One day when our son Silas was 6, I saw him sitting at the end of the front pew in the sanctuary. He was alone and crying, and I couldn’t do anything to help.
But he helped me glimpse the heart of the pastoral vocation.
I couldn’t do anything because I was giving the pre-worship welcome — “Welcome to worship … If you’re here for the first time, please sign the attendance pad …” My wife and co-pastor, Ginger, usually gives this greeting, but this morning it was my task.
Between glances at my script, I noticed Silas out of the corner of my eye, a frown erasing his dimple, tears coursing down his cheeks, shoulders slumped.
I’d seen this a million times before — after a skinned knee or a scuffle with his brother or a reprimand from me. Any other time I would have sped to his side, but this time I had my script to finish. So I quickened the pace. I skipped lines. I cut to the end: “Prepare your hearts and minds for worship.”
And then I committed dereliction of duty. Instead of walking to the back of the sanctuary during the first notes of the prelude and falling in line, ready to process behind the candle, cross and choir, I walked to Silas, sat down, put my arm around him and asked what was wrong.
He’d been given the job of handing out fliers for a children’s event, a job he didn’t like. And he couldn’t find his mother or older brother anywhere (I scanned the sanctuary, and neither could I). He felt abandoned.
As I listened, I started strategizing: What am I going to do? The congregation was already on the last verse of the opening hymn. The reading of Scripture and the sermon — my sermon — would come after the opening prayer. And there was still no sign of Ginger or Silas’ brother.
Then I heard a voice. It wasn’t a voice from outside me, a voice from above like the one at Jesus’ baptism. It was the voice of vocation, a voice from within. And that voice said, “Your place is here, right here.”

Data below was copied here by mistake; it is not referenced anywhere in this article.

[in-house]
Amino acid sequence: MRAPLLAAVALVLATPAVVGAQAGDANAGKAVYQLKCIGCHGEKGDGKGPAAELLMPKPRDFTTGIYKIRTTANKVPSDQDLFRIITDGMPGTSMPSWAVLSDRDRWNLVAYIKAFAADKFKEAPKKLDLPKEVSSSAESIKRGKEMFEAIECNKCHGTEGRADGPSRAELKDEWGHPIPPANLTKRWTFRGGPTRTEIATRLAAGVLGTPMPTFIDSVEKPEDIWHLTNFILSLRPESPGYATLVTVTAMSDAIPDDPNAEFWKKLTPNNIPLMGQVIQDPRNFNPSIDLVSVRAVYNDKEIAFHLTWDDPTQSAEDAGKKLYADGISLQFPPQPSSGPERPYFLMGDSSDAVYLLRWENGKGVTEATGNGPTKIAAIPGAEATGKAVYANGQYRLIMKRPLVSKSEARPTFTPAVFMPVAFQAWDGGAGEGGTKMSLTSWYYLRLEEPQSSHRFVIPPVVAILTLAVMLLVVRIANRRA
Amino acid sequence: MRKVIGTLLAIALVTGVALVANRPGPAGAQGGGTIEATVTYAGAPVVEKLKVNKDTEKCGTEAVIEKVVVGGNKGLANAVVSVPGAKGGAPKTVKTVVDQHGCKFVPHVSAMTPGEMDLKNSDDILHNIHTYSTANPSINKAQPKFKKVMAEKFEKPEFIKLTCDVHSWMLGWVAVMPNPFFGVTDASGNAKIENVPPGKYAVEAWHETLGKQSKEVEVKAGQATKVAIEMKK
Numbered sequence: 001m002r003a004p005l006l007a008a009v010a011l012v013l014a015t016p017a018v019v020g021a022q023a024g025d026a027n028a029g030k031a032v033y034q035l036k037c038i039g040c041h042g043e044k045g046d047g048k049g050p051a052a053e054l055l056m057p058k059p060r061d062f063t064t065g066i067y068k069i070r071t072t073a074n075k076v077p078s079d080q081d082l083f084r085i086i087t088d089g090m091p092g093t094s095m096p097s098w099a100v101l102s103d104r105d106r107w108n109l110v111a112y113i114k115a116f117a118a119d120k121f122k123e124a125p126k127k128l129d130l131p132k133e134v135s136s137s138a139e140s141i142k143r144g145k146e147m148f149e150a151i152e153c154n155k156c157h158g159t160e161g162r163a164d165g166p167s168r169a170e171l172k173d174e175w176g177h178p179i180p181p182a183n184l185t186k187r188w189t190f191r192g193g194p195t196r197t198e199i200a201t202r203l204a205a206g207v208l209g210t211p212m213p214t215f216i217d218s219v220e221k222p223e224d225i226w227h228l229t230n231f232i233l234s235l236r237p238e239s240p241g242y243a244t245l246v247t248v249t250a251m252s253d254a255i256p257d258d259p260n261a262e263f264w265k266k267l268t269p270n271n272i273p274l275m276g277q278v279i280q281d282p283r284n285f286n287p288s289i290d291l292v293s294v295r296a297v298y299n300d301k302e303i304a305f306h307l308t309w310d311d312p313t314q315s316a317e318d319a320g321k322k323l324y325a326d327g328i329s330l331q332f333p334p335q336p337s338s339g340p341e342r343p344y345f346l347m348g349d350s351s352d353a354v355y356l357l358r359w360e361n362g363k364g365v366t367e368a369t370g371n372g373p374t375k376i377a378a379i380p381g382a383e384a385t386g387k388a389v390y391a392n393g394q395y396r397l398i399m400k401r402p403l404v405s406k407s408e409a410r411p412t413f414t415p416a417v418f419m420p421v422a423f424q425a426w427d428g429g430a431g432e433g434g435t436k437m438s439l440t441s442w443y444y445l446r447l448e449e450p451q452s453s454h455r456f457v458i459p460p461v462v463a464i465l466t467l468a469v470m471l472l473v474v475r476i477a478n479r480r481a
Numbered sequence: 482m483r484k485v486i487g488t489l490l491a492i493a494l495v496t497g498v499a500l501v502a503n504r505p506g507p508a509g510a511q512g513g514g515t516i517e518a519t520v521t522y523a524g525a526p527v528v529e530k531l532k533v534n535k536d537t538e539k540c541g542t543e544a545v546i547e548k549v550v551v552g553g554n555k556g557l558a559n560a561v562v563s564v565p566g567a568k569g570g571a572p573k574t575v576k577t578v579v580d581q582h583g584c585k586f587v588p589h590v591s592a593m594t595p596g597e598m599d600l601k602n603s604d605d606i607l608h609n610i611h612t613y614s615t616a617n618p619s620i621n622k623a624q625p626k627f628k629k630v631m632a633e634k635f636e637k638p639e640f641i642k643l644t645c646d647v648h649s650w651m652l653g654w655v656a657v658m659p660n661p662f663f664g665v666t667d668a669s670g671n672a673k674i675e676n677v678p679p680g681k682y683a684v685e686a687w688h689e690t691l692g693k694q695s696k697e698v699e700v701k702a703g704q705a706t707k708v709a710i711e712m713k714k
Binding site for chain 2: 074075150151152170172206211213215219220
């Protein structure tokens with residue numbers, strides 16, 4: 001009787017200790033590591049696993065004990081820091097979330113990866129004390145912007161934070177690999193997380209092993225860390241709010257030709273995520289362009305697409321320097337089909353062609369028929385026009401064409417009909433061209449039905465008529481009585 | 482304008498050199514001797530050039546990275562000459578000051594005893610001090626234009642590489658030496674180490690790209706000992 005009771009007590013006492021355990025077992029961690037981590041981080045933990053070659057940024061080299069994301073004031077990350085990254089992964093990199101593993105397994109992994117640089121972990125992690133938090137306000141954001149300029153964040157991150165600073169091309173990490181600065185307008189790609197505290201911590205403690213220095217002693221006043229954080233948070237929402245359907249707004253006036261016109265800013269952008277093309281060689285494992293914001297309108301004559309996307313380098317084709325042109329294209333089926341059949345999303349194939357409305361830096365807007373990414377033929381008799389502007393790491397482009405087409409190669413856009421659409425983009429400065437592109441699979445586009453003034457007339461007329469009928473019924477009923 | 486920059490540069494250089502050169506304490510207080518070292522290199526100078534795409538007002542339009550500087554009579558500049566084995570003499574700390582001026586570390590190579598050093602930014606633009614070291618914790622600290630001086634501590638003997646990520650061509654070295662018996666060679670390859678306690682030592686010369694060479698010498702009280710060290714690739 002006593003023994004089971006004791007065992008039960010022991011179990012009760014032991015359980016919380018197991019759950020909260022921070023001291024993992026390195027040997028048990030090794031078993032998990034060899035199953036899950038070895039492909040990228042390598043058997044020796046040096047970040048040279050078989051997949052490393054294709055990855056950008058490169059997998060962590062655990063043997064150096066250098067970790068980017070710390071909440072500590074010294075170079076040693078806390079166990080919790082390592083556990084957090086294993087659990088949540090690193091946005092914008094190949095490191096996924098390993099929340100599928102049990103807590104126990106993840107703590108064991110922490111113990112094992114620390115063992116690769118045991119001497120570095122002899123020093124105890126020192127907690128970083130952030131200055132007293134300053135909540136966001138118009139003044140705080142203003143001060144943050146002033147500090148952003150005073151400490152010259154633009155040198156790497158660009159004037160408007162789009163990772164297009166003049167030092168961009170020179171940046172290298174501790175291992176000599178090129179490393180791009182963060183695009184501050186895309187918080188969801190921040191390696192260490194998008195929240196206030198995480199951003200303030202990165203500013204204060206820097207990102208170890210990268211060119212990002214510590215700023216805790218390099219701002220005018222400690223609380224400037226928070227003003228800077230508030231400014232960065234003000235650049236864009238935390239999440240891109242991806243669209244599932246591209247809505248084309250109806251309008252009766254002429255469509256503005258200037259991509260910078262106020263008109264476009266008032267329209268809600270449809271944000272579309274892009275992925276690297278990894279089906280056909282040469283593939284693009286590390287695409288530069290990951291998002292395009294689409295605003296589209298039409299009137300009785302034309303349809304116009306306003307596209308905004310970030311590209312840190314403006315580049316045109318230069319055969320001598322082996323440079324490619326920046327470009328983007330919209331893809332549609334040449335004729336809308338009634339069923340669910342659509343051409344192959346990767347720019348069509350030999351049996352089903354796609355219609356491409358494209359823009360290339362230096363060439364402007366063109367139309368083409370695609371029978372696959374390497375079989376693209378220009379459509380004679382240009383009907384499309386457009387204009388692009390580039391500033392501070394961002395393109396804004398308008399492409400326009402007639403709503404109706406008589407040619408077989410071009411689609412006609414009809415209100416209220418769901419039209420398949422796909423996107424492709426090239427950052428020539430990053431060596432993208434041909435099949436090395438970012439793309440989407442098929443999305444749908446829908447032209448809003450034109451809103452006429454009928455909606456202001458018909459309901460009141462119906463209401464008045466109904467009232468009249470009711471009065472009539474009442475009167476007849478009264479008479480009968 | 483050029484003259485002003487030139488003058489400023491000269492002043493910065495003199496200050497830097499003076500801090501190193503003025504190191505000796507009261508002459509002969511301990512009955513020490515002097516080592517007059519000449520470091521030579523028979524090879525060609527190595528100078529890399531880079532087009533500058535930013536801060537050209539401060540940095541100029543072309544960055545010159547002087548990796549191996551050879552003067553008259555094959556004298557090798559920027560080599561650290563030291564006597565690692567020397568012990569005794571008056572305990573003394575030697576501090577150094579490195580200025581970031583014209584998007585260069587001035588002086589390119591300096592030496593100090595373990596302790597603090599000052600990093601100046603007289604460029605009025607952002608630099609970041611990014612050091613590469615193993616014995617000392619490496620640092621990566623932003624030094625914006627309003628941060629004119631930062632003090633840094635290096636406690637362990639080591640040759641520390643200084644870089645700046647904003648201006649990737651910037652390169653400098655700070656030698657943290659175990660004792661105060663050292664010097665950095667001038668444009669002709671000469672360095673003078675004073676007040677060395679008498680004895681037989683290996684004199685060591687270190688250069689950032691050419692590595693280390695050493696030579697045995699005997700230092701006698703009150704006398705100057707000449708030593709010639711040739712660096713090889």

Then I knew, even if the lector sat down after the Scripture reading and it was my turn to stand up, I wasn’t going anywhere as long as these tears were still flowing and my son felt alone.
I leaned down to Silas and said, “I’m right here. I’m not going anywhere.”
Since that Sunday, I have replayed this scene in my mind; it has become for me a kind of parable that gives me clarity about the pastoral vocation that I have rarely had.
If the voice of vocation tells me as a father to stay near this child, the same voice tells me as a leader that the heart of the pastoral vocation is to stay near the congregation, especially in its times of abandonment, loneliness and fear.
Of course, a congregation is not a helpless child, so in that way the analogy breaks down. But both need a soul friend to companion them through times of turmoil and change.
If the writers of leadership books are right, we live in a period of rapid change in the shape of pastoral leadership. Pastors are bombarded with various images of the pastoral vocation — pastor as visionary leader, CEO, spiritual guide, head strategist, entrepreneur, rabble-rouser-in-chief.
I have tried to live into so many of these that I’ve sometimes felt that at any given time I don’t know what I’m really about.
Except when an incident on a Sunday morning disclosed it to me: You are the one who leans over to this gathered body and says, “Pledges might be down, worship attendance might be declining, a new, hip church might be starting a block away, but even when the dimple of your smile disappears, I will stay near.”
You are a companion. You are the presence that symbolizes and embodies God’s own staying-near named Holy Spirit, the one who won’t fail to stay even when we do.
The temptation, of course, is to try to fix the problem. To wipe the tears and bring back the smile. That was my temptation with Silas. Glancing around the sanctuary, I was formulating a plan to fix the situation so I could get back to doing my job. Until that deeper voice spoke and told me my job was right here.
Many of the dominant images of leadership suggest that our job is to make things better. When a church is going through a dark night, we’re told to craft a plan to get it out. And sometimes that’s what needs to happen.
But at the heart of each image of leadership, I believe, is this call to stay near. Without it, the rest is mere technique, and can appear hollow.
Staying near doesn’t mean not doing anything else. But it shapes the “anything else” and gives it integrity.
His mom and brother did show up (they’d been in the restroom). And they showed up in time for me to preach the word of Christ, who in coming near to us in the flesh, and staying near to us in the Spirit, reminds me of the heart of this vocation.
Written by the Rev. Dr. L. Roger Owens, associate professor of leadership and ministry, at Pittsburgh Theological Seminary. This article originally appeared in “Faith and Leadership,” a publication of Duke Divinity School.